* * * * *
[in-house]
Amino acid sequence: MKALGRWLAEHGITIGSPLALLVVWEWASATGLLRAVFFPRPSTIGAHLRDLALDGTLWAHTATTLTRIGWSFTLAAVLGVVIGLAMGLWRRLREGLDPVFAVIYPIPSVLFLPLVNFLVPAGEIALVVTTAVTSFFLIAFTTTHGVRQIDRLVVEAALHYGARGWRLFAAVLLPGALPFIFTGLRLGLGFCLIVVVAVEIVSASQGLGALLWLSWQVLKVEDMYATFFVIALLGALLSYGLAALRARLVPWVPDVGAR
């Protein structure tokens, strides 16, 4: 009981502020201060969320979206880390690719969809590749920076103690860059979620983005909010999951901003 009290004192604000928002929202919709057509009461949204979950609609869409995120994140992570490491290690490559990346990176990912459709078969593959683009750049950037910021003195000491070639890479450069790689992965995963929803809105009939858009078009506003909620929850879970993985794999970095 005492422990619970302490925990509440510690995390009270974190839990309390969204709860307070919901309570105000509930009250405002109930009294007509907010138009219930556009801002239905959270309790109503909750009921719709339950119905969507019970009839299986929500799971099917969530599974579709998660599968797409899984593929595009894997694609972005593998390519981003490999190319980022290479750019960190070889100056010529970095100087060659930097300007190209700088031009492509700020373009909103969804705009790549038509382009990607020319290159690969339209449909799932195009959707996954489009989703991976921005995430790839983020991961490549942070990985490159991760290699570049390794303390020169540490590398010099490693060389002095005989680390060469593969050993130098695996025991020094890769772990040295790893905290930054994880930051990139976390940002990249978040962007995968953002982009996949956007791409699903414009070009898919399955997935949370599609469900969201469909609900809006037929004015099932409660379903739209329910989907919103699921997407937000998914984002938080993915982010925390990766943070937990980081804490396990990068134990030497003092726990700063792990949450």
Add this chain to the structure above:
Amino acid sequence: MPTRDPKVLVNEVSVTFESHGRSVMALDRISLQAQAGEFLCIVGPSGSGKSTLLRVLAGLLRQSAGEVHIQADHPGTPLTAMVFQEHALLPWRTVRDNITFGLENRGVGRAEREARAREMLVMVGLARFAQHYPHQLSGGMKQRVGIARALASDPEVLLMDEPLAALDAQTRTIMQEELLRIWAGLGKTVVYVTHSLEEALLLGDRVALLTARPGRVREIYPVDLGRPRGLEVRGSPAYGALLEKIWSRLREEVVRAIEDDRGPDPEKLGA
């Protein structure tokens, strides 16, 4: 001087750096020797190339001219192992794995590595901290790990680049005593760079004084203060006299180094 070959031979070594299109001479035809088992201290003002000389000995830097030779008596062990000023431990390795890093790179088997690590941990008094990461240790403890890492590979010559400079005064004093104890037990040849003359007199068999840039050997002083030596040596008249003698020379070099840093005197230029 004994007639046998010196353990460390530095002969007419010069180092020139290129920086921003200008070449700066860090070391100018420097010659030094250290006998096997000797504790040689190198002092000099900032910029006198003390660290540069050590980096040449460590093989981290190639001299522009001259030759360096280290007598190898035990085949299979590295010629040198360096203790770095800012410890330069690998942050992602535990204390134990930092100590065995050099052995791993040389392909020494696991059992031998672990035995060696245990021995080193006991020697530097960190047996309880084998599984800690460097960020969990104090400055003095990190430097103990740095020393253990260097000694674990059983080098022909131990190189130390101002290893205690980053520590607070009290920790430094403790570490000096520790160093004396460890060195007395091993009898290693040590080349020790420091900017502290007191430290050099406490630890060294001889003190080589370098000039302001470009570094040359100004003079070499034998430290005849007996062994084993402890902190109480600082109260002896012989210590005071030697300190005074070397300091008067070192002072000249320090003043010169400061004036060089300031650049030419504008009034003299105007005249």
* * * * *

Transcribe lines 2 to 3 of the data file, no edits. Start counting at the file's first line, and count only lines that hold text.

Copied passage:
Amino acid sequence: MKALGRWLAEHGITIGSPLALLVVWEWASATGLLRAVFFPRPSTIGAHLRDLALDGTLWAHTATTLTRIGWSFTLAAVLGVVIGLAMGLWRRLREGLDPVFAVIYPIPSVLFLPLVNFLVPAGEIALVVTTAVTSFFLIAFTTTHGVRQIDRLVVEAALHYGARGWRLFAAVLLPGALPFIFTGLRLGLGFCLIVVVAVEIVSASQGLGALLWLSWQVLKVEDMYATFFVIALLGALLSYGLAALRARLVPWVPDVGAR
């Protein structure tokens, strides 16, 4: 009981502020201060969320979206880390690719969809590749920076103690860059979620983005909010999951901003 009290004192604000928002929202919709057509009461949204979950609609869409995120994140992570490491290690490559990346990176990912459709078969593959683009750049950037910021003195000491070639890479450069790689992965995963929803809105009939858009078009506003909620929850879970993985794999970095 005492422990619970302490925990509440510690995390009270974190839990309390969204709860307070919901309570105000509930009250405002109930009294007509907010138009219930556009801002239905959270309790109503909750009921719709339950119905969507019970009839299986929500799971099917969530599974579709998660599968797409899984593929595009894997694609972005593998390519981003490999190319980022290479750019960190070889100056010529970095100087060659930097300007190209700088031009492509700020373009909103969804705009790549038509382009990607020319290159690969339209449909799932195009959707996954489009989703991976921005995430790839983020991961490549942070990985490159991760290699570049390794303390020169540490590398010099490693060389002095005989680390060469593969050993130098695996025991020094890769772990040295790893905290930054994880930051990139976390940002990249978040962007995968953002982009996949956007791409699903414009070009898919399955997935949370599609469900969201469909609900809006037929004015099932409660379903739209329910989907919103699921997407937000998914984002938080993915982010925390990766943070937990980081804490396990990068134990030497003092726990700063792990949450």